Santa Barbara Clean Energy launch muddled with confusing letters from competition
The Santa Barbara City Council authorized City Attorney Ariel Calonne to send a demand letter to Southern California Edison during its meeting Tuesday. The letter outlines confusing and potentially unlawful actions the company took during the auto-enrollment period for the city’s community choice energy program, Santa Barbara Clean Energy.
On Oct. 1, SBCE took over as the main generator of electricity in the city — one piece of SCE’s business — while customers receive that electricity through SCE’s delivery and billing. Customers are automatically enrolled in SBCE.
In August, while SBCE was sending its first informational mailer, SCE sent a letter titled “Rescheduling of Community Choice Aggregation Service Request” to 9,000 residents. It confused recipients because the service is auto-enrolled, not requested, and they wondered why it would be rescheduled, Alelia Parenteau, acting sustainability and resilience co-director told the Council.
Customers called the phone number provided, the SCE hotline, and were met with representatives unaware of the situation.
“Many customers were directed to Clean Power Alliance, which serves Los Angeles County, or even up north to a variety of PG & E area community choice aggregators. And this caused a lot of confusion and, as you can imagine, a lot of frustration and was not the way that we wanted our program to be promoted,” Ms. Parenteau said.
SCE told SBCE the letter was automatically sent after a glitch in the system. It struggled to fix the issue.
“We did request Southern California Edison cease release of all automatic auto generated letters. They only agreed to do this for some and only for a limited amount of time, so we’re still working through that,” Ms. Parenteau said.
Despite the confusion, 97% of Santa Barbara residents remain enrolled in SBCE. Officials thought 20% would opt out initially.
Ms. Parenteau thinks a larger bounce rate would have provoked action from the California Public Utilities Commission, which declined to act after seeing a small number of opt outs.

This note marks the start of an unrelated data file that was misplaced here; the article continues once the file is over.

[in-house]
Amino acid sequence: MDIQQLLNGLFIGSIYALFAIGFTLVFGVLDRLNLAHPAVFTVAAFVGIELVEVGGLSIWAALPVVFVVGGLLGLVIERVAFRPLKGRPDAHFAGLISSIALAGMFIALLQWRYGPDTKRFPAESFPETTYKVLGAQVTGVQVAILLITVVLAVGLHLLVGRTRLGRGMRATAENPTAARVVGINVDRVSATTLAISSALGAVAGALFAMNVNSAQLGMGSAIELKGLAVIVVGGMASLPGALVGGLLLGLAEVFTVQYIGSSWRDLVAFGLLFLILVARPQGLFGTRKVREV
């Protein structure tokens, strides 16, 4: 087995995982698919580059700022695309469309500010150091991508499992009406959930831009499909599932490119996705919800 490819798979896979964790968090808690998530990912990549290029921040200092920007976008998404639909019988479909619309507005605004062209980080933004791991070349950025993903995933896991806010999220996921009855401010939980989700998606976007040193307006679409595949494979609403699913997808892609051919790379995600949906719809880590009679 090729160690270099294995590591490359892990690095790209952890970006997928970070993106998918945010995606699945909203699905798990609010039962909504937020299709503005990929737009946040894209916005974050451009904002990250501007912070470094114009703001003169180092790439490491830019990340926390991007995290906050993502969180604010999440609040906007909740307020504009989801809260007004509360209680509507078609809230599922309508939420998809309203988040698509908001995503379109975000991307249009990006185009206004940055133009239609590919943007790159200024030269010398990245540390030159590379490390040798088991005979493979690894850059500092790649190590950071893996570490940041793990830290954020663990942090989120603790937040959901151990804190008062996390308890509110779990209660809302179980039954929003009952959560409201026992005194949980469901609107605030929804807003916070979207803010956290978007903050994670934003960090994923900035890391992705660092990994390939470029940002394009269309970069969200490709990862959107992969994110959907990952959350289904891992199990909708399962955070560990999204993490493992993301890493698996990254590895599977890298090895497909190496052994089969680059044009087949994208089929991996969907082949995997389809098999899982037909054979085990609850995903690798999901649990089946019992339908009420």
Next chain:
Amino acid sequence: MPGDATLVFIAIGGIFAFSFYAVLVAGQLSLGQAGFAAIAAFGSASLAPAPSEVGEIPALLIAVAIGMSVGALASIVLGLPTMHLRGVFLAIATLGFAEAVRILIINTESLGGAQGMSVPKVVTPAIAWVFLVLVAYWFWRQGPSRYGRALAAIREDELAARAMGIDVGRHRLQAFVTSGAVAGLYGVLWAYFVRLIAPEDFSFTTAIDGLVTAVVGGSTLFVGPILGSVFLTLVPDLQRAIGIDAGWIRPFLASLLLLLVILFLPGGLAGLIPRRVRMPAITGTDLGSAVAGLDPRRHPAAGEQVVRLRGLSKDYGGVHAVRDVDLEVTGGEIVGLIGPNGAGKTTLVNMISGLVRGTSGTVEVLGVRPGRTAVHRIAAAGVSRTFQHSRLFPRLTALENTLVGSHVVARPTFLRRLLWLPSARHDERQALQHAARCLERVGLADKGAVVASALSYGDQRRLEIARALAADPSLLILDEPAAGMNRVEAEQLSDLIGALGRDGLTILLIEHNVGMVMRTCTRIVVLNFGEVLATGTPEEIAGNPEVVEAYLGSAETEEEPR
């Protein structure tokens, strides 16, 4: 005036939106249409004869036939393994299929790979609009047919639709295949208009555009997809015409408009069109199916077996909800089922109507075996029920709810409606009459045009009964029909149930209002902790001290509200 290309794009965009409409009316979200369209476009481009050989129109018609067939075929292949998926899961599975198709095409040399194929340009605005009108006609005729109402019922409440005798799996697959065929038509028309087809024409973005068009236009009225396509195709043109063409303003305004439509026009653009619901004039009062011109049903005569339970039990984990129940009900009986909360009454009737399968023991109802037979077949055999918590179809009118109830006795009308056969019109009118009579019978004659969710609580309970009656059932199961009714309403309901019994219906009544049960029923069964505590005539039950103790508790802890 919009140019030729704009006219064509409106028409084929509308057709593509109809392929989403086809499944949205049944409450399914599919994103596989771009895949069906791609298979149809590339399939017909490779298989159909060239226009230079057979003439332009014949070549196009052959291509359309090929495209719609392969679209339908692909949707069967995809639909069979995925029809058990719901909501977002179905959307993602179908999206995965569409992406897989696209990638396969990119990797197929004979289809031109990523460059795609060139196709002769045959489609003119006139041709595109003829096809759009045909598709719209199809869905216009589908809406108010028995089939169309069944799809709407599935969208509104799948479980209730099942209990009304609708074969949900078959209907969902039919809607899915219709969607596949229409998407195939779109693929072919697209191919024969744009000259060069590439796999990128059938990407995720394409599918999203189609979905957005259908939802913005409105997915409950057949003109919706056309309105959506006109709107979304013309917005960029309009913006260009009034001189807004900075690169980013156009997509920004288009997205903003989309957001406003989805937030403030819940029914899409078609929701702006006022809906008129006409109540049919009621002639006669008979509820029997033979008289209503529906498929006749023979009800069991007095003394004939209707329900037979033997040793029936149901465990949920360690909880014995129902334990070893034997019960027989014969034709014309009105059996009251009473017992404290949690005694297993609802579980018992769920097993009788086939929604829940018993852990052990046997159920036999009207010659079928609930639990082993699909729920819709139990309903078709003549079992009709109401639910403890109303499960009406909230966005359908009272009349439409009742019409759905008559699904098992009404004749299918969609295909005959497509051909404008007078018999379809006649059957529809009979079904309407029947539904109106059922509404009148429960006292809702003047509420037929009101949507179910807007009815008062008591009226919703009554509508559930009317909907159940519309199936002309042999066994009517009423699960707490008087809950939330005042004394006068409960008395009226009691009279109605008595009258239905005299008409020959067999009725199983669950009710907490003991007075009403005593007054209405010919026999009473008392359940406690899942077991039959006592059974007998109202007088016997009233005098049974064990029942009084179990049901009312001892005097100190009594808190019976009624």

CPUC Code of Conduct rules that the community program, not the utility company, has the exclusive right to contact customers and communicate opt-out procedures.
“We did find a fairly significant number of instances where call center agents were telling SBCE customers to just call City Hall and opt out of the program, which is a violation of the code of conduct and so we’re continuing to work towards that,” Ms. Parenteau said.
She also mentioned another SCE action she is worried will be attributed to SBCE: higher rates.
“Southern California Edison did increase their delivery energy delivery rates substantially the same day that we launched our program. So Edison raised their rates by two cents per kilowatt hour which is over double the premium for 100% green and would have an average impact of about $10 per month on the average customer,” she said.
SCE is responsible for delivering the energy to SBCE customers. Those who receive a paper bill should have an explanation of the charge, as explained by SBCE.
“It’s hard to believe that these (letters) were mistakes and then for them to raise the rates on the day that our program launched is very disappointing,” Mayor Cathy Murillo said. “I’m hoping that everybody in our corporate world and in our business and commerce world can become part of this solution related to changing our energy use.”
The second phase of the rollout will affect commercial customers. The demand letter seeks that SCE pause automatic letters to commercial customers.
SBCE has established programs alongside local businesses that give customers discounts on green technology.
More programs will be introduced when SBCE has profits it can use to establish incentives.
Most residential customers are on SBCE’s 100% green energy plan, which increases costs just above SCE’s. Just .6% have opted down to power their home with at least 50% green energy at or below SCE rates.